Cancer Survivors in Focus at the CDC
If you are anywhere near Atlanta, I highly recommend a visit to the David J. Sencer CDC Museum to see the CDC exhibit: Cancer Survivors in Focus. Wowowowowow. It’s an incredibly inspiring and powerful exhibit that is goose bump inducing.
According to the CDC website, CANCER: Survivors in Focus—a three-part photography exhibition—offers a glimpse into the lives of people living with, through, and beyond a cancer diagnosis. An estimated 28 million people worldwide are living within five years of a cancer diagnosis.
This exhibition tells survivors’ stories through the work of three photographers who examine cancer survivorship in different contexts: globally, in the United States, and at CDC.
- Photographer and ovarian cancer survivor Carolyn Taylor presents Without Borders: The Global Face of Cancer, which portrays cancer patients, survivors, caregivers, and medical professionals in fourteen countries.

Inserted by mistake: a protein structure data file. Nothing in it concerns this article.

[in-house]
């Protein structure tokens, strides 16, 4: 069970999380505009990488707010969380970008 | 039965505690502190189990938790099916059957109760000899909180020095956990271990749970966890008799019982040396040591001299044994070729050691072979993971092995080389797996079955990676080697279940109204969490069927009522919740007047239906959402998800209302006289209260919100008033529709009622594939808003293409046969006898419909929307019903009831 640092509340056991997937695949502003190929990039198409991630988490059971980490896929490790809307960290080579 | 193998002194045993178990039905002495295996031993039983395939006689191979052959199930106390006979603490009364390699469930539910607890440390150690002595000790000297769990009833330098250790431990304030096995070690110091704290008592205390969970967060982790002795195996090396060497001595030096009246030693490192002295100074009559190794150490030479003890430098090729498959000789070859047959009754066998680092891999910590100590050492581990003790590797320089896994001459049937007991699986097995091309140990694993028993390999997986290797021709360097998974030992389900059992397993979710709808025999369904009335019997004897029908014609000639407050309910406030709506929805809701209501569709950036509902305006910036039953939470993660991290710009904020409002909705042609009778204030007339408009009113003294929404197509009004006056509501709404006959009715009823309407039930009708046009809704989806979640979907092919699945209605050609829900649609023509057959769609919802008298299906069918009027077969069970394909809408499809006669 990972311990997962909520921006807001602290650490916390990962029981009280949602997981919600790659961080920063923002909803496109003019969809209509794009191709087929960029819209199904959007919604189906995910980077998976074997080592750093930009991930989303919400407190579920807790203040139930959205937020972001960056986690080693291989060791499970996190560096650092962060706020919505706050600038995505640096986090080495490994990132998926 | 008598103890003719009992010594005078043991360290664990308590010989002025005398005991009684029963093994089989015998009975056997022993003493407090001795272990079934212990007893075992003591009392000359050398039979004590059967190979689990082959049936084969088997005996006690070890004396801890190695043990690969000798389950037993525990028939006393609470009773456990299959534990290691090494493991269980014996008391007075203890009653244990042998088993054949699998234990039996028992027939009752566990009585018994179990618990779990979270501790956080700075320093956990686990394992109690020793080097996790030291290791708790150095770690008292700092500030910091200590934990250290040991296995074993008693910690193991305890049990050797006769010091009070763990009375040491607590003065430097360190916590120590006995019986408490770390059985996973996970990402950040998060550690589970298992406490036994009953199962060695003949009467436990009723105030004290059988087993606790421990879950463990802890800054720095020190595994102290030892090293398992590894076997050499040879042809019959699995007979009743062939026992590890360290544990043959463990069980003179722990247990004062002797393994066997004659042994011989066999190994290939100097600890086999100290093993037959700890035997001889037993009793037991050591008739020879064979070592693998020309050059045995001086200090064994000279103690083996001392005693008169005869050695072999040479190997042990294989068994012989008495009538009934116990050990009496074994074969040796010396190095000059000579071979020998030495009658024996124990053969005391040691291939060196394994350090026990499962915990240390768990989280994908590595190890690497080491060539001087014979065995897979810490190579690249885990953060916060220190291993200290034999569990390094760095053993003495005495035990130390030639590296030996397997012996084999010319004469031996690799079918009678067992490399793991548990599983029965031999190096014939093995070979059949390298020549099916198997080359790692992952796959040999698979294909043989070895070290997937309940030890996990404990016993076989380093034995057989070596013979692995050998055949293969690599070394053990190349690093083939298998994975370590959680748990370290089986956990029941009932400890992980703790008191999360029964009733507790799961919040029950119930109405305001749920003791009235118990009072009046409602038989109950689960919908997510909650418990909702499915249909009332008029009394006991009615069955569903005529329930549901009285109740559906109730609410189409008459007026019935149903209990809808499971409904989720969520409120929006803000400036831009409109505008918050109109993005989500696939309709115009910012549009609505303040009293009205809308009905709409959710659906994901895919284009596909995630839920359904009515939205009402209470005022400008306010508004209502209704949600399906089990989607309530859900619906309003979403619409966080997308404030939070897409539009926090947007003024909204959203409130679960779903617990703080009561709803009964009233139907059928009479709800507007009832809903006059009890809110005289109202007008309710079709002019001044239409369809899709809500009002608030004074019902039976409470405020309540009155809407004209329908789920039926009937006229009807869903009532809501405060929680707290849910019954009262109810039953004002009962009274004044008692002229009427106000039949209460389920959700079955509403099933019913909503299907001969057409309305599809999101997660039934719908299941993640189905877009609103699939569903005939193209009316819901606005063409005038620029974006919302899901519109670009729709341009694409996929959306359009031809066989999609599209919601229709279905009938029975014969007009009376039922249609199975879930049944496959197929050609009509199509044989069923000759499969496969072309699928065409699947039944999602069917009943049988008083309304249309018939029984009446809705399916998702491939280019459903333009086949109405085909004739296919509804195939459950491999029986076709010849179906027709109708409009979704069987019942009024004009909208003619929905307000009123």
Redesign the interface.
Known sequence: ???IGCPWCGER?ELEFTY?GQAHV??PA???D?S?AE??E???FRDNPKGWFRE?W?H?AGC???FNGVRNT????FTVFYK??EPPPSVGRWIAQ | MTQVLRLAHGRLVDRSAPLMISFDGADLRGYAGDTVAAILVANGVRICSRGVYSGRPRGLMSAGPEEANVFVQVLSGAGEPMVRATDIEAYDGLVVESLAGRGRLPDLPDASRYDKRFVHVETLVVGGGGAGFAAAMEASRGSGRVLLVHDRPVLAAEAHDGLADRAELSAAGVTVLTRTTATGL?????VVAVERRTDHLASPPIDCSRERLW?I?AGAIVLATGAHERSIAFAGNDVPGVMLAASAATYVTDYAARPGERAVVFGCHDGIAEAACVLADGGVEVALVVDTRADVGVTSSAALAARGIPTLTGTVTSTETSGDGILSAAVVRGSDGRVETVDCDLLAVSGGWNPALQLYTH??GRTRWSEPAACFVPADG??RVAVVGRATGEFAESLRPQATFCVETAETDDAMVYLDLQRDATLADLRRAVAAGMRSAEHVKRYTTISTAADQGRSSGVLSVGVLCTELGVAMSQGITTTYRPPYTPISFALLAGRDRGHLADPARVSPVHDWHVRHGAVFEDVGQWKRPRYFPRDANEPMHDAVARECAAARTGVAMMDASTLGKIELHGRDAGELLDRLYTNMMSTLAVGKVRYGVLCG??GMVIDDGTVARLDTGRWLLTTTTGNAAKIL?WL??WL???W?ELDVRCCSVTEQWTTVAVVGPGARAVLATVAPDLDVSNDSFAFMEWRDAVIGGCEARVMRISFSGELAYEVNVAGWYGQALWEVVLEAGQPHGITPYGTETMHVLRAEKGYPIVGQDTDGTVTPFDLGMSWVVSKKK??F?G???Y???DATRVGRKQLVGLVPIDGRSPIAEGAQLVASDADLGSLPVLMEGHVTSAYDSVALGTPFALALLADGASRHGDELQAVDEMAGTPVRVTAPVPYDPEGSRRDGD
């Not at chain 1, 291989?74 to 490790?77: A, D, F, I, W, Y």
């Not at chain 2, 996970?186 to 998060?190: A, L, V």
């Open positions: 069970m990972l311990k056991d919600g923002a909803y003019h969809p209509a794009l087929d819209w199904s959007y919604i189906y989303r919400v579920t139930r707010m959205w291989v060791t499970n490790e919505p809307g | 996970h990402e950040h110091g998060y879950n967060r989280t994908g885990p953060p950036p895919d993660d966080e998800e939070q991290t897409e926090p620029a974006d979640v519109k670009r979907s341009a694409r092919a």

- John Kaplan’s Not As I Pictured is an autobiographical account of the Pulitzer Prize-winning photojournalist’s unexpected cancer journey.
- Bryan Meltz, a documentary photographer based in Atlanta, captures moments from the lives of CDC employees who have survived cancer in Close to Home: CDC’s Stories of Survivorship, a series commissioned specifically for this exhibition.
Collectively, these photographs and the stories that inspired them highlight the experiences of cancer survivors around the world and provoke insights on how the public health community can help empower individuals to live longer, healthier lives after cancer.
Below are some (of the many amazing) images from Bryan Meltz. There are lots more on his website as well as an inspiring short film describing the project, so if you can’t visit the exhibit in person, I highly recommend taking a look.